In 1803, U.S. President Thomas Jefferson created the Corps of Discovery and commissioned Meriwether Lewis and William Clark to lead an expedition into the American Northwest. Starting out in 1804, Lewis and Clark led an arduous expedition from the Mississippi River to the Pacific Ocean for a total journey of 3,700 miles on man-powered boats, horseback and foot. They faced many obstacles on their journey including bad weather, difficult terrain and dangerous encounters with some Native American tribes.
One of Jefferson’s goals with the expedition was to find a northwest water route to the Pacific Ocean. According to Al Bredenberg of the Smithsonian Museum of Natural History, Jefferson had expected that the Corps of Discovery would find a short and easy passage to the Pacific after leaving the Missouri. But instead the explorers had to endure a series of hardships, such as making their way along the Lolo Trail through the Bitterroot Mountains. The crossing of the Lolo Trail took 11 days and the travelers nearly starved. The expedition had to carry their boats in a process called portaging; they were only able to cover 4 to 5 miles a day. They would finally reach the Pacific coast in November 1805, a year and a half after setting out from St. Louis.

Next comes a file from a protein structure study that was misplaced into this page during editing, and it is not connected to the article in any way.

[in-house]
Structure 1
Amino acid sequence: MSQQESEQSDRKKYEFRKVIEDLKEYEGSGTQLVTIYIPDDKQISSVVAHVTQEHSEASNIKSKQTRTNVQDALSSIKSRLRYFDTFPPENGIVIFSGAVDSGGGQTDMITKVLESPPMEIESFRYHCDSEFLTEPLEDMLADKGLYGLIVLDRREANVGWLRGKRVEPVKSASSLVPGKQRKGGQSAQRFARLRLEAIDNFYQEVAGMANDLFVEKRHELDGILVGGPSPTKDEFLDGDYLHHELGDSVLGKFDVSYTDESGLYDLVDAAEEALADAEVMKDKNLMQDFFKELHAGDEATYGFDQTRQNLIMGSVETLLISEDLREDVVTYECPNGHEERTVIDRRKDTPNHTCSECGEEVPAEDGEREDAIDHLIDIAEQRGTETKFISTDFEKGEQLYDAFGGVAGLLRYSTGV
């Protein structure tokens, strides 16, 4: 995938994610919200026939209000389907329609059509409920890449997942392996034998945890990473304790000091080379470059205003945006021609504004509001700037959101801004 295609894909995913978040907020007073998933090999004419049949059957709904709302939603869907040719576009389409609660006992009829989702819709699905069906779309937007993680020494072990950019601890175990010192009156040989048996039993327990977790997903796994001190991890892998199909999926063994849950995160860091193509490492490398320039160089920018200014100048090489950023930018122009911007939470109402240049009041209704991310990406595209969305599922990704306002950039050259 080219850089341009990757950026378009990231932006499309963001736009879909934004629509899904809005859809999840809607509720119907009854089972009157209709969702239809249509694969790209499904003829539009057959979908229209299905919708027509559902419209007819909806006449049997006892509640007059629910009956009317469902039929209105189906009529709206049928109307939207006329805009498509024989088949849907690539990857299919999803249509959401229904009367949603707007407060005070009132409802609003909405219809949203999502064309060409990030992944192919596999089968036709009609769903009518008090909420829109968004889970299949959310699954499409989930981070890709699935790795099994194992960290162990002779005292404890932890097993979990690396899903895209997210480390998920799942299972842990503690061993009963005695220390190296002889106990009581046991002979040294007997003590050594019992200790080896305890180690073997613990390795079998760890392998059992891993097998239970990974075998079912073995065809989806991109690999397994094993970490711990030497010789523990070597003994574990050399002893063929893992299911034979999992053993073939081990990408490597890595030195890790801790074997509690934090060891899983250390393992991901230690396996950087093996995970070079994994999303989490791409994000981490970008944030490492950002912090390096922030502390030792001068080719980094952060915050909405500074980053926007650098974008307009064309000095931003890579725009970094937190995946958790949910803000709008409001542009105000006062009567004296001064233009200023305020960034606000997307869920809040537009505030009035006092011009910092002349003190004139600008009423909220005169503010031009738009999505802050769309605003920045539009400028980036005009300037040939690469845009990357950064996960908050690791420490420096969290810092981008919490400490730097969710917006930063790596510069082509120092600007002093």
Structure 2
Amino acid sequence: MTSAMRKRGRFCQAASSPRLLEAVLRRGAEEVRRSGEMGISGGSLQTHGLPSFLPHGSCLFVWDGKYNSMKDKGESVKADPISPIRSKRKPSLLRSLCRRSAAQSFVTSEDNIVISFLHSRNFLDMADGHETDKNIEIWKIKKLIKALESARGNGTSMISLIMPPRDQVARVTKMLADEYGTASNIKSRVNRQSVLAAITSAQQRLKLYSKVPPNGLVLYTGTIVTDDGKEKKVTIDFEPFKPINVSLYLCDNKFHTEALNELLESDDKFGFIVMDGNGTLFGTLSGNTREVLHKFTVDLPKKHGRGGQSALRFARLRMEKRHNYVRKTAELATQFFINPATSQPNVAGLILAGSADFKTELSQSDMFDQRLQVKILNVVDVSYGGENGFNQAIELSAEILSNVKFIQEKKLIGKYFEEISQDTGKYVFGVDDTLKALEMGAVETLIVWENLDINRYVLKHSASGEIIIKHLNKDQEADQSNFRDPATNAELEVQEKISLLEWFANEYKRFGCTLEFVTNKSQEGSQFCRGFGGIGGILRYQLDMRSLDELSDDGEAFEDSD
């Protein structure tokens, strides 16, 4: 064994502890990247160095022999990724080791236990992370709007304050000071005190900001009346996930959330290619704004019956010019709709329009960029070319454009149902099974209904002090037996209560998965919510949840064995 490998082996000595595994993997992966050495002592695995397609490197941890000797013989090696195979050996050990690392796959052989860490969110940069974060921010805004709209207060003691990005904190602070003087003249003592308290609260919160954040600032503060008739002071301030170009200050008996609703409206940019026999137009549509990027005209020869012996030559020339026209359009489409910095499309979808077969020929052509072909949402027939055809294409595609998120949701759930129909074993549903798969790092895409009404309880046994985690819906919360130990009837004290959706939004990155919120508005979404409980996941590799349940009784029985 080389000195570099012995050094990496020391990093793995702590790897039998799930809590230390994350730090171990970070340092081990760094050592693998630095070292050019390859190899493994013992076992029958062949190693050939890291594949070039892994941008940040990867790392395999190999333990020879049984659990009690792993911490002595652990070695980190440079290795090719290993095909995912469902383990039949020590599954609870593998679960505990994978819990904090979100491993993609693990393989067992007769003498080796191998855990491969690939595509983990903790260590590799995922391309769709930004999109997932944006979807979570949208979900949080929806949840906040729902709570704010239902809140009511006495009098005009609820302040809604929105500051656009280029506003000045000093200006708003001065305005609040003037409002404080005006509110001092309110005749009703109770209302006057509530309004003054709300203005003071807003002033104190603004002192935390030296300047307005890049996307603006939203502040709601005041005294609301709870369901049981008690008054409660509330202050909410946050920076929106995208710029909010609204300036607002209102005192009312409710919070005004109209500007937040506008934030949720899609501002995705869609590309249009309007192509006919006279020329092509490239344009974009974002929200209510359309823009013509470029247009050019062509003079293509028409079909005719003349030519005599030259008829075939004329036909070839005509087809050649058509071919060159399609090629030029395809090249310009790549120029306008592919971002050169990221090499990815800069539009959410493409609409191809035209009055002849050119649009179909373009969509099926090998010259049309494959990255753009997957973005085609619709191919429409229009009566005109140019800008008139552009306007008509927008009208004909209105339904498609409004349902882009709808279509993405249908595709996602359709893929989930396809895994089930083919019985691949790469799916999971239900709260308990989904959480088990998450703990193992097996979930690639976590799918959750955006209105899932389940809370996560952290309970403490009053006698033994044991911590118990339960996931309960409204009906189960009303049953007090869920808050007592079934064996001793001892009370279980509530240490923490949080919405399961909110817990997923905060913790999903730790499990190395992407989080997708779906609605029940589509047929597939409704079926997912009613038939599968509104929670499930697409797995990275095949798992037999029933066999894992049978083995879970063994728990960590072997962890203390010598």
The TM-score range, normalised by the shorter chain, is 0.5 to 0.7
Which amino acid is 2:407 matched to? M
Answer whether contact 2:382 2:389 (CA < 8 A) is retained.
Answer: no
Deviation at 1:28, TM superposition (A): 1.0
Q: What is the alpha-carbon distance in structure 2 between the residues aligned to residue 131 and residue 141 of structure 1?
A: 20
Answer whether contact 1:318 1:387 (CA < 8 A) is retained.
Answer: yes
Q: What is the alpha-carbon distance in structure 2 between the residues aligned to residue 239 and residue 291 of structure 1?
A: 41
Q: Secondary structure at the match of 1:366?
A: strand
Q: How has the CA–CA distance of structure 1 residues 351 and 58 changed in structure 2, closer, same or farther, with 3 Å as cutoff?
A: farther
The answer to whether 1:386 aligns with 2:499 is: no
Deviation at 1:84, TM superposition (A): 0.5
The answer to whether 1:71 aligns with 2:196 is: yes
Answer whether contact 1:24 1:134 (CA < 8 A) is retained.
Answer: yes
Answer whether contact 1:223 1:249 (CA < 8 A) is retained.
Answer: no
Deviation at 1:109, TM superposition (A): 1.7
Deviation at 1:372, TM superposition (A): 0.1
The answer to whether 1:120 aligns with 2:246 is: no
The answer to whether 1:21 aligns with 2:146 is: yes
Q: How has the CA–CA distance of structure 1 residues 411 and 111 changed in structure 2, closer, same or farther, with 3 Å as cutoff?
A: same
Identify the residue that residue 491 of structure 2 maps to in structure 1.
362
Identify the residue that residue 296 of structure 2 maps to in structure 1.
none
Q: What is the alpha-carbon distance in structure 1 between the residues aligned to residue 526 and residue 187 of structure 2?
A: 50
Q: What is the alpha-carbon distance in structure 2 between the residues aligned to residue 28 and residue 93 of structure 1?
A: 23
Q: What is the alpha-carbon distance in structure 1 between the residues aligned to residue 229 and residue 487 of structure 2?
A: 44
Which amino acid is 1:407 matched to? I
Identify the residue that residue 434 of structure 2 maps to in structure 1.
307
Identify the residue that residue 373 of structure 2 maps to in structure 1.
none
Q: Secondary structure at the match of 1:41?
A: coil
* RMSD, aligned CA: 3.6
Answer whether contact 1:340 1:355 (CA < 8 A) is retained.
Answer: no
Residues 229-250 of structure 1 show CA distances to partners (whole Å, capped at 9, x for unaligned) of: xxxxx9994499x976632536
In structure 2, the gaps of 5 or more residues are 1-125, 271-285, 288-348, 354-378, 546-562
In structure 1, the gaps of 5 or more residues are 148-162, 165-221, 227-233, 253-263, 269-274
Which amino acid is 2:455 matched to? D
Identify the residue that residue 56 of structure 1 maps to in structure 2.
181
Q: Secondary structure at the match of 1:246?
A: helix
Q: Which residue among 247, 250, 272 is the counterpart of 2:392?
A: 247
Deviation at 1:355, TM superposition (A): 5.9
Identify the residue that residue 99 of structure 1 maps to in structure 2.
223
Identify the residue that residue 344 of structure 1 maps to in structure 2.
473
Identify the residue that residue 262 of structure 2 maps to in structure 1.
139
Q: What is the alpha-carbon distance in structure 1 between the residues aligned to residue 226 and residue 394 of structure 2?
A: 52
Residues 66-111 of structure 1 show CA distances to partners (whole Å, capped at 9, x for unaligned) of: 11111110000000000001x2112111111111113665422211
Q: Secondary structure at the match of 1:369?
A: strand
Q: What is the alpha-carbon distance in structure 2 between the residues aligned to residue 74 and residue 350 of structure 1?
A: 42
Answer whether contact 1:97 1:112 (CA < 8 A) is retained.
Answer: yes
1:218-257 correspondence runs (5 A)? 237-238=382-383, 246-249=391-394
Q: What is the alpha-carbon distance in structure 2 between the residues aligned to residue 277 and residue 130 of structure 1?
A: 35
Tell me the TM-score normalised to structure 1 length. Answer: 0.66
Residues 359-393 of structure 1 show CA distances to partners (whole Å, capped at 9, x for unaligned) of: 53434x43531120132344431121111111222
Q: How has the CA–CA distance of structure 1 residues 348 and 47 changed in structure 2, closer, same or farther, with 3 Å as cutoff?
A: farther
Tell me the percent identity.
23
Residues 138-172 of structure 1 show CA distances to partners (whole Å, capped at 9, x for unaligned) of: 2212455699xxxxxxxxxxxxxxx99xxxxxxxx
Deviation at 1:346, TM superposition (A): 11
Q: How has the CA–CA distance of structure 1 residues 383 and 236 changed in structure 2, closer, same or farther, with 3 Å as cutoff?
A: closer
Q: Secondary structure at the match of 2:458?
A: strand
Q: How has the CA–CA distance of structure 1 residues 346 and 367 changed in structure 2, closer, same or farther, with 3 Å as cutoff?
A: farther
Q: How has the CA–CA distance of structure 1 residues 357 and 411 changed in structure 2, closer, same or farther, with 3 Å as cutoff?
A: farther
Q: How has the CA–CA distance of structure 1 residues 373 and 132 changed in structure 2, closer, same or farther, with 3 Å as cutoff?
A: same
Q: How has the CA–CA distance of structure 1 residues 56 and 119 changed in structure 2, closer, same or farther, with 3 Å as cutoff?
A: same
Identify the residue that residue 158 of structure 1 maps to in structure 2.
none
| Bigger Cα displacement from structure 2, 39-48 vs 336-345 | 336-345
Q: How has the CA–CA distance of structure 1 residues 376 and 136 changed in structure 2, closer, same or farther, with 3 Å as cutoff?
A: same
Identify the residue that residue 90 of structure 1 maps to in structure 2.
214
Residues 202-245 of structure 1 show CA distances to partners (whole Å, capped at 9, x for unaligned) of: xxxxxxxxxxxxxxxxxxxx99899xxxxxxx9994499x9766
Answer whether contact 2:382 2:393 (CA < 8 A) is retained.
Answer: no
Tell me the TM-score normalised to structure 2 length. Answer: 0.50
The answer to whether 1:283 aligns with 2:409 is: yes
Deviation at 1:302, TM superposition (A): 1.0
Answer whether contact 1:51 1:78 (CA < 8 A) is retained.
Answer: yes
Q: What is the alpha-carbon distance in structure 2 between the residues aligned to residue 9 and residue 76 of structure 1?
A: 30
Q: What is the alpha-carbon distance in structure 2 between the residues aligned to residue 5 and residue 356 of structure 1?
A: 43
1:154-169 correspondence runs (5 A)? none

Lewis and Clark's Expedition had to deal with thunderstorms, extreme heat and cold temperatures, hail storms and dust clouds. The team’s worst winter weather occurred at Fort Clatsop near the Pacific coast in early 1806. According to the U.S. Army Center of Military History, it rained all but 12 days that winter and the explorers’ clothes rotted off their backs.
Animals and Insects
The Corps of Discovery encountered many wild animals on their journey while making their way along the western rivers. Lewis was nearly killed by a grizzly bear in one recorded instance, and the team was confronted by no less than 40 bears on the expedition. Mosquitoes were also a major problem for the explorers. Sergeant John Ordway, the only member of the expedition who made a diary entry for each of the trek's days, wrote in his journal that the mosquitoes were “troublesome” and talked about how they caused swelling in his face and eyes.
Encounters with Native Americans
Although most encounters with Native American groups proved hospitable to the Corps of Discovery, the explorers did have one violent incident. When the group reached Travelers Rest in Montana, Lewis led a small team north up the Marias River. The group encountered some Blackfeet Indians and fought them. Although no members of the expedition were killed in the fighting, they killed two Blackfeet.
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